And then there were those awful trailers.

All things considered, it's hard to think of a non-sequel that entered theaters with more baggage than "GI Joe."

So how is the actual movie?

It's okay! It's gloriously, spectacularly, shockingly okay!

I mean, it's a noisy, kinetic, emotionally retarded series of action sequences, but hey, it's a movie based on a toy, and to compare apples to apples, it's much better than the first "Transformers." It's certainly the movie Paramount was trying to get into theaters. In that sense, "Joe" is reminiscent of Paramount's other big gamble this summer, "Star Trek." The product may not be flawless -- or even memorable -- but it gets the breezy tone of schmaltzy fun just right.

So, down to brass tacks. Here's what's good about "GI Joe":

Sienna Miller's Baroness, a slinky bad girl who makes a nicely mysterious appearance during an early -- you guessed it! -- action sequence. The Baroness carries the plot for the first half of the movie (as far as Joe can tell, the Baroness IS Cobra), and perhaps because of this, the first half is the best half.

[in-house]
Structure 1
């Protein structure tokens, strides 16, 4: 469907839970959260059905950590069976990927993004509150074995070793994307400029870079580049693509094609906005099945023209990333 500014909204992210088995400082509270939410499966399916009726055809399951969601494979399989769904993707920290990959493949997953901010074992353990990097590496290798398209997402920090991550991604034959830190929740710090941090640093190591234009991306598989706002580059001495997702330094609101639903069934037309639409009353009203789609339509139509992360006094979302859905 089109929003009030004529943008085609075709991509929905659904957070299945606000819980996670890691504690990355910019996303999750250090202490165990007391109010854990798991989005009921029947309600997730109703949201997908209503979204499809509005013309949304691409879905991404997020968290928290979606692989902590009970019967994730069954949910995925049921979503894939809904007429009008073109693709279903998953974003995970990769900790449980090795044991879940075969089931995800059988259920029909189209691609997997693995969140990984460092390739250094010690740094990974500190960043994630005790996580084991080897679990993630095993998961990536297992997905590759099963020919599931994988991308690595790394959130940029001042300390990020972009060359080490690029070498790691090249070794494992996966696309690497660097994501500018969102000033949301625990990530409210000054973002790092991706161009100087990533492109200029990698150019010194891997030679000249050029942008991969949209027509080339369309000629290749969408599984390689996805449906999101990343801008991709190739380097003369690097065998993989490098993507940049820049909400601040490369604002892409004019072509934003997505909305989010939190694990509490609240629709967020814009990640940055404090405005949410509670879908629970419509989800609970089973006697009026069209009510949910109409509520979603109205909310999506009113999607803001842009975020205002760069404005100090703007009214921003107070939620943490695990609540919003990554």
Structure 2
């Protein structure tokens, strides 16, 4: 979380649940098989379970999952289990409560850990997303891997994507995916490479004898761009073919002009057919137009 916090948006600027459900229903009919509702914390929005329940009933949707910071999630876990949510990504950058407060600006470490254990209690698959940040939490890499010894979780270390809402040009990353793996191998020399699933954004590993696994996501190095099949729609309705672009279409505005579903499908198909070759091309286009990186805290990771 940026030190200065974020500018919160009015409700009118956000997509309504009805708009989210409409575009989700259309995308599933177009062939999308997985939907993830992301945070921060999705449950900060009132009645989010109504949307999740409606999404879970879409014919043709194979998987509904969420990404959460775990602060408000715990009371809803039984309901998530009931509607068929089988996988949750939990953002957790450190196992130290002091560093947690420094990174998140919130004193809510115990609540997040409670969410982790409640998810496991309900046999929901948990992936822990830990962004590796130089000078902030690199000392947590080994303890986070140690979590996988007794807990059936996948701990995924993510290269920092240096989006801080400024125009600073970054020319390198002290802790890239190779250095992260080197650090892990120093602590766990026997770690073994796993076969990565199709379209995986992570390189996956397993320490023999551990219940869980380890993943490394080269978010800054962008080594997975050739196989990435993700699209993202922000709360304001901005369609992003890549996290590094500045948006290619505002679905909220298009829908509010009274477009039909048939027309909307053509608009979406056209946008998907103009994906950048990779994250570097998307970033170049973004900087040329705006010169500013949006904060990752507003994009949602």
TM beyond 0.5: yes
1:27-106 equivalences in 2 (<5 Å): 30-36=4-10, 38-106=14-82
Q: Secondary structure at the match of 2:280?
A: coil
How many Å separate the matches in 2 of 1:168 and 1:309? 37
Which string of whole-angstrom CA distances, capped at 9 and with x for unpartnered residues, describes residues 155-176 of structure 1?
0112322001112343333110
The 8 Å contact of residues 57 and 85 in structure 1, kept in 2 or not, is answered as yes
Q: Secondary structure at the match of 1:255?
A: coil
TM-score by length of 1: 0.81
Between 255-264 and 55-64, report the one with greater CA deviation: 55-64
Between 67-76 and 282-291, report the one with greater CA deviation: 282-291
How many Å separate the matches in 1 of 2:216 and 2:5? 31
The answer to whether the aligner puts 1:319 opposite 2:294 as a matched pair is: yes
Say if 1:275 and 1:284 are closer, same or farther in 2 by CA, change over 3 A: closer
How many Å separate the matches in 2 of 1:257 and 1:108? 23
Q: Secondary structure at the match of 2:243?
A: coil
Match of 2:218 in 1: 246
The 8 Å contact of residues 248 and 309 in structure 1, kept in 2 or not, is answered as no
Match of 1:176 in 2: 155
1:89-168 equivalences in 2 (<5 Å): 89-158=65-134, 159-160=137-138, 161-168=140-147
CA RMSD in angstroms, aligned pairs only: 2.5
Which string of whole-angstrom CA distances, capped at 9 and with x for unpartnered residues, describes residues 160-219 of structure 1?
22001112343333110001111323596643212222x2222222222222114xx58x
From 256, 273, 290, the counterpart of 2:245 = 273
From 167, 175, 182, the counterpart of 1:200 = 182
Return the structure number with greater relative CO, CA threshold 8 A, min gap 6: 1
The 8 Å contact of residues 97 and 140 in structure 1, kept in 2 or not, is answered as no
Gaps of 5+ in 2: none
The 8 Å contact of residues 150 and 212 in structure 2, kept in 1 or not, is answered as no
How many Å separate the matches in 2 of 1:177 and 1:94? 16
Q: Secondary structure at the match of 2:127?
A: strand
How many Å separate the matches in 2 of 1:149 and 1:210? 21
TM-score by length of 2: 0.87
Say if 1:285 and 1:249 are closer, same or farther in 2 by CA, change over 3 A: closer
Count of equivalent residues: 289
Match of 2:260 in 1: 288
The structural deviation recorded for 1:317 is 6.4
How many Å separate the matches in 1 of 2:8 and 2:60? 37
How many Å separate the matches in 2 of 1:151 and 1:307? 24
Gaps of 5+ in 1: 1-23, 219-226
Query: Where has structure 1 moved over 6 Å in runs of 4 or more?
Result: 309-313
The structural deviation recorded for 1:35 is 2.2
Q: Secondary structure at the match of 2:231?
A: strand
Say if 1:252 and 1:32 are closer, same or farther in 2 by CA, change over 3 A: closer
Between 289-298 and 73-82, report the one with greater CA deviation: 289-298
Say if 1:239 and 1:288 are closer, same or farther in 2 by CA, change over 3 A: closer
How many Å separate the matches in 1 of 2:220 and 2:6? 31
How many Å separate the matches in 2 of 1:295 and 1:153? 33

Also good is Rachel Nichols in her yes-I-am-that-good-looking breakout as Scarlett. A red-headed vixen with an attitude that's all business, Scarlett attracts the eye even when she's on-screen with a crowd. Maybe that's just me, though.

The ninja fights are sufficiently fun. You did know there were going to be ninja fights, didn't you? One of Joe's best fighters is the mute martial artist Snake Eyes. It turns out he's the adoptive brother of the evil Cobra ninja Stormshadow. Like everything in this movie, there's something ridiculous yet cool to the idea that a special forces unit's top soldier would disdain firearms in favor of a sword and some throwing stars.